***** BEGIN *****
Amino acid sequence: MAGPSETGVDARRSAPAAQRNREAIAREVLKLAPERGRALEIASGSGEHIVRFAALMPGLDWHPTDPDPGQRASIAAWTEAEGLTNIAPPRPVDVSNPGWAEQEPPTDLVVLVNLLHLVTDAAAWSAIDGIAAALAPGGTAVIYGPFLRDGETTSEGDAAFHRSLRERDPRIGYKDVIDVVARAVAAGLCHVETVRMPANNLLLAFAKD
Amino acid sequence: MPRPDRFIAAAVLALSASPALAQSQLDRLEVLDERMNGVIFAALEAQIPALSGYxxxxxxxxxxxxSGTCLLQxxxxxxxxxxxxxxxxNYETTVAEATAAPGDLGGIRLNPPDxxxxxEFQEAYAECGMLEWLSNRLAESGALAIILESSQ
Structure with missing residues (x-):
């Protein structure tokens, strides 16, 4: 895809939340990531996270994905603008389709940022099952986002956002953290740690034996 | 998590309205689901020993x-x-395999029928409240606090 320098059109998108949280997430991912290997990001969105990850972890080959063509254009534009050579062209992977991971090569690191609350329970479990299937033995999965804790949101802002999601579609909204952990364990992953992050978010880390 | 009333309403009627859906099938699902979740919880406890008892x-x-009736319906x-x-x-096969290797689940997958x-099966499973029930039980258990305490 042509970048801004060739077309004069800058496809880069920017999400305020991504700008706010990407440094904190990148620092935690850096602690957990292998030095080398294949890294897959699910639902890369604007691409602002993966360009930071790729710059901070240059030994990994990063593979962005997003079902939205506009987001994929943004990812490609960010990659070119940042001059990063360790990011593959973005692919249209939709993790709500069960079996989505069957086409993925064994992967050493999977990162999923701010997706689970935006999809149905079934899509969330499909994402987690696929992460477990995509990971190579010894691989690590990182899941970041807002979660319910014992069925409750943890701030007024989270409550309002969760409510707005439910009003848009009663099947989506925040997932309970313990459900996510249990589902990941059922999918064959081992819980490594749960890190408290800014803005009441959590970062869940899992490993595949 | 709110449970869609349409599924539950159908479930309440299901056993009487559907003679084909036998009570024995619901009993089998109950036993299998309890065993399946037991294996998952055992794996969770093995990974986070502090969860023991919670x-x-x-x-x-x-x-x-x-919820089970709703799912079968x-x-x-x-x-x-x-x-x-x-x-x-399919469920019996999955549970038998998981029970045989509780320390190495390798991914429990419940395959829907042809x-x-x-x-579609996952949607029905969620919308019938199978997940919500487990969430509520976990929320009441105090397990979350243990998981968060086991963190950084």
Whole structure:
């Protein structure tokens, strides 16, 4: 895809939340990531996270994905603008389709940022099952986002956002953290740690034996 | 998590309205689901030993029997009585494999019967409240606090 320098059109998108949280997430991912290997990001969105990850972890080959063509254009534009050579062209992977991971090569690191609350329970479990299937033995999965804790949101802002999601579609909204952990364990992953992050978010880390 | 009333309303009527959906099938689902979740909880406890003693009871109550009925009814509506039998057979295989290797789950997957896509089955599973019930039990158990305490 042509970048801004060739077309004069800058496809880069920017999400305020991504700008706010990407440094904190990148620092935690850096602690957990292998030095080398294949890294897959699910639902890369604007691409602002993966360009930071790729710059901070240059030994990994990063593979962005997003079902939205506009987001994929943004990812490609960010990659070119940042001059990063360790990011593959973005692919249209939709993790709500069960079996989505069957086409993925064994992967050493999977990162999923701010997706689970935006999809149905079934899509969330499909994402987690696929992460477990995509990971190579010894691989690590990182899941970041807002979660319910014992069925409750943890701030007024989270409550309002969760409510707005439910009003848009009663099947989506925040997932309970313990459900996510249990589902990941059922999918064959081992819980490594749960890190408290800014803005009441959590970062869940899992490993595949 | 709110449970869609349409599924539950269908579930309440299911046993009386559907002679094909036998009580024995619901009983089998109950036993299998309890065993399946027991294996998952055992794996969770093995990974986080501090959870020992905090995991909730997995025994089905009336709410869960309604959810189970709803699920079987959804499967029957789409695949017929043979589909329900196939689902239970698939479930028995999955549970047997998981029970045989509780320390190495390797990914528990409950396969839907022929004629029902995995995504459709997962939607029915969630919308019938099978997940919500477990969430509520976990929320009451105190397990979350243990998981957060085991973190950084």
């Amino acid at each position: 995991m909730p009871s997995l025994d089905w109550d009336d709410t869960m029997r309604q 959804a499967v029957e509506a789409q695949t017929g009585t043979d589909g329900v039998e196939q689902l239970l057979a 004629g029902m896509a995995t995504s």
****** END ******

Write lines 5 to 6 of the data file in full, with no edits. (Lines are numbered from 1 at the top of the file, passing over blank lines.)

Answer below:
Whole structure:
């Protein structure tokens, strides 16, 4: 895809939340990531996270994905603008389709940022099952986002956002953290740690034996 | 998590309205689901030993029997009585494999019967409240606090 320098059109998108949280997430991912290997990001969105990850972890080959063509254009534009050579062209992977991971090569690191609350329970479990299937033995999965804790949101802002999601579609909204952990364990992953992050978010880390 | 009333309303009527959906099938689902979740909880406890003693009871109550009925009814509506039998057979295989290797789950997957896509089955599973019930039990158990305490 042509970048801004060739077309004069800058496809880069920017999400305020991504700008706010990407440094904190990148620092935690850096602690957990292998030095080398294949890294897959699910639902890369604007691409602002993966360009930071790729710059901070240059030994990994990063593979962005997003079902939205506009987001994929943004990812490609960010990659070119940042001059990063360790990011593959973005692919249209939709993790709500069960079996989505069957086409993925064994992967050493999977990162999923701010997706689970935006999809149905079934899509969330499909994402987690696929992460477990995509990971190579010894691989690590990182899941970041807002979660319910014992069925409750943890701030007024989270409550309002969760409510707005439910009003848009009663099947989506925040997932309970313990459900996510249990589902990941059922999918064959081992819980490594749960890190408290800014803005009441959590970062869940899992490993595949 | 709110449970869609349409599924539950269908579930309440299911046993009386559907002679094909036998009580024995619901009983089998109950036993299998309890065993399946027991294996998952055992794996969770093995990974986080501090959870020992905090995991909730997995025994089905009336709410869960309604959810189970709803699920079987959804499967029957789409695949017929043979589909329900196939689902239970698939479930028995999955549970047997998981029970045989509780320390190495390797990914528990409950396969839907022929004629029902995995995504459709997962939607029915969630919308019938099978997940919500477990969430509520976990929320009451105190397990979350243990998981957060085991973190950084």